According to HuffPost, David Shafer, Shawn Still and Cathleen Latham argued they were following precedent set by Democrats during the 1960 election when they signed certificates claiming to be legitimate electors in the 2020 election. The false electors made the argument as part of an attempt to move their cases out of Georgia and into federal court.
In court papers filed on Thursday (September 7), Willis shut down the precedent argument.
“Repeated invocations to ‘precedent’ allegedly set in Hawaii during the 1960 presidential election misses the mark by a wide margin,” Willis wrote. “First, and this principle hardly seems necessary to explain, actions that did not result in prosecution 60 years ago — in a different jurisdiction, with different election code and criminal statutes, presided over by different prosecuting agencies, and with differing substantive evidence of criminal intent — provides zero protection for Defendant Shafer and his co-defendants who conspired to advance the 2020 fraudulent elector scheme in Georgia.”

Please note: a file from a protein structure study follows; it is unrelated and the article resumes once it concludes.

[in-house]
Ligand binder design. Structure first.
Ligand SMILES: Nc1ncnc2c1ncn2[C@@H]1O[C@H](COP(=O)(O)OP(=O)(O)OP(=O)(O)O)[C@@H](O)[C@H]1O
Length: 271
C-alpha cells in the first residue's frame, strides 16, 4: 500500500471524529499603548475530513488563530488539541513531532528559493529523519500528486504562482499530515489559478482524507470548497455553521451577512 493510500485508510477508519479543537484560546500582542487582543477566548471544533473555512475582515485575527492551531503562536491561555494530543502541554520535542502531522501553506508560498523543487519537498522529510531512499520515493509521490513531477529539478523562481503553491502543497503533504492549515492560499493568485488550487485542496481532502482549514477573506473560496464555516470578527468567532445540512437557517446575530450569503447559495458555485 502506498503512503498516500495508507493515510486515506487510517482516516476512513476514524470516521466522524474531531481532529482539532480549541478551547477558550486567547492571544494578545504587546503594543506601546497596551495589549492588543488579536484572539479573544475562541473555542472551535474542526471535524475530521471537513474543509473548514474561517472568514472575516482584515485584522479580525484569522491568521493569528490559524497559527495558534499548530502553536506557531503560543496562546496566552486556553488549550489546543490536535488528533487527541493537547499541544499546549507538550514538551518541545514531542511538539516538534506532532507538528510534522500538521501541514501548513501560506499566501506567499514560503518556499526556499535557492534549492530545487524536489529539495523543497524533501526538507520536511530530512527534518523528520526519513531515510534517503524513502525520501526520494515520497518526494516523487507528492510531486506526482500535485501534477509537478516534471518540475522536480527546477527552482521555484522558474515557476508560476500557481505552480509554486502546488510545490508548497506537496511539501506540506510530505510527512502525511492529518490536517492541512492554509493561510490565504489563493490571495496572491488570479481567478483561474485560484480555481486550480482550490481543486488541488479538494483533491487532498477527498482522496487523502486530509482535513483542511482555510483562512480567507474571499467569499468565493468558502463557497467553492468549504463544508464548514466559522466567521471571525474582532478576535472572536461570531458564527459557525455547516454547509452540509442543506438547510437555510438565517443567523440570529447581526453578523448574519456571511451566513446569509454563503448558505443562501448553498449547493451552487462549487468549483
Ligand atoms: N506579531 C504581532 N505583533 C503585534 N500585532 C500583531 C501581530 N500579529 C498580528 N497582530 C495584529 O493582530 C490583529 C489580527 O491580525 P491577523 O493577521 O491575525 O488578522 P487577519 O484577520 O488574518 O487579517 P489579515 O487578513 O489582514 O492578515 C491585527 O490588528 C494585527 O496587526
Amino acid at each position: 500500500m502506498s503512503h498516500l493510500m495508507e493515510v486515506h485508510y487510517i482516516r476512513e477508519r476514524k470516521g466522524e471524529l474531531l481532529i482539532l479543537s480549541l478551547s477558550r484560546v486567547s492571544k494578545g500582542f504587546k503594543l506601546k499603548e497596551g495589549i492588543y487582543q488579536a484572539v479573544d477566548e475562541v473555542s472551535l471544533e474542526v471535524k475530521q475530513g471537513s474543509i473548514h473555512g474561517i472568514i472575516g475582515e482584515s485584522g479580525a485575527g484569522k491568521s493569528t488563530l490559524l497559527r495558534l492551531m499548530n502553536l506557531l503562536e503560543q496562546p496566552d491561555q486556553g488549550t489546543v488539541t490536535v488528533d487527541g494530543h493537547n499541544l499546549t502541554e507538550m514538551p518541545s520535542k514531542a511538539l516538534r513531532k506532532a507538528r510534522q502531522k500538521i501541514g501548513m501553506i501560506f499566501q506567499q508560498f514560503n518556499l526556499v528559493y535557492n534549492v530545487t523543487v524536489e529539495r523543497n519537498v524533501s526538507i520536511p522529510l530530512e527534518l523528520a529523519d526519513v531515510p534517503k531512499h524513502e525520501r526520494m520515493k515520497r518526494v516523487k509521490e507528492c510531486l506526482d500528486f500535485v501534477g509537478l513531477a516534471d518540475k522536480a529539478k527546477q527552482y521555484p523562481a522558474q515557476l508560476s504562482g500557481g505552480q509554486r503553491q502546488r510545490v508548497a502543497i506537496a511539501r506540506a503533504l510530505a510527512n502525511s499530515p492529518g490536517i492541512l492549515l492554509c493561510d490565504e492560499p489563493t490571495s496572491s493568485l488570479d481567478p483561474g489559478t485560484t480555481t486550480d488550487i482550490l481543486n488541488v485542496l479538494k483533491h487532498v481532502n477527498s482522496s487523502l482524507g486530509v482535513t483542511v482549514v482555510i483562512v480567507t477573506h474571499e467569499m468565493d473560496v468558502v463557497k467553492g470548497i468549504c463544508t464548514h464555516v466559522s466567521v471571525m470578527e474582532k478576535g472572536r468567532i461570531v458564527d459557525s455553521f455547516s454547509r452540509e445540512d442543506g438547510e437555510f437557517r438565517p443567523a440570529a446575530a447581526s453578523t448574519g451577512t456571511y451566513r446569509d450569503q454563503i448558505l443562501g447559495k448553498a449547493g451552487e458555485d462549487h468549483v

“Second, the factual situations are so readily distinguishable as to make the comparison meaningless," the DA added.
During the 1960 election, Richard Nixon appeared to have narrowly won the state of Hawaii, prompting the governor to certify the results in his favor. However, a recount indicated that John F. Kennedy may have defeated Nixon. Hawaii electors in favor of Kennedy were advised to sign certificates to ensure their votes would be counted if the recount changed the presidential election result.
Willis noted in her argument that Hawaii Democratic electors met amid the official recount. However, when the false electors met in 2020, “two recounts had already been completed, each of which confirmed a margin of victory for then-candidate Biden of thousands of votes,” Willis wrote.
The DA asked the court to reject false electors' requests to move their cases to federal court.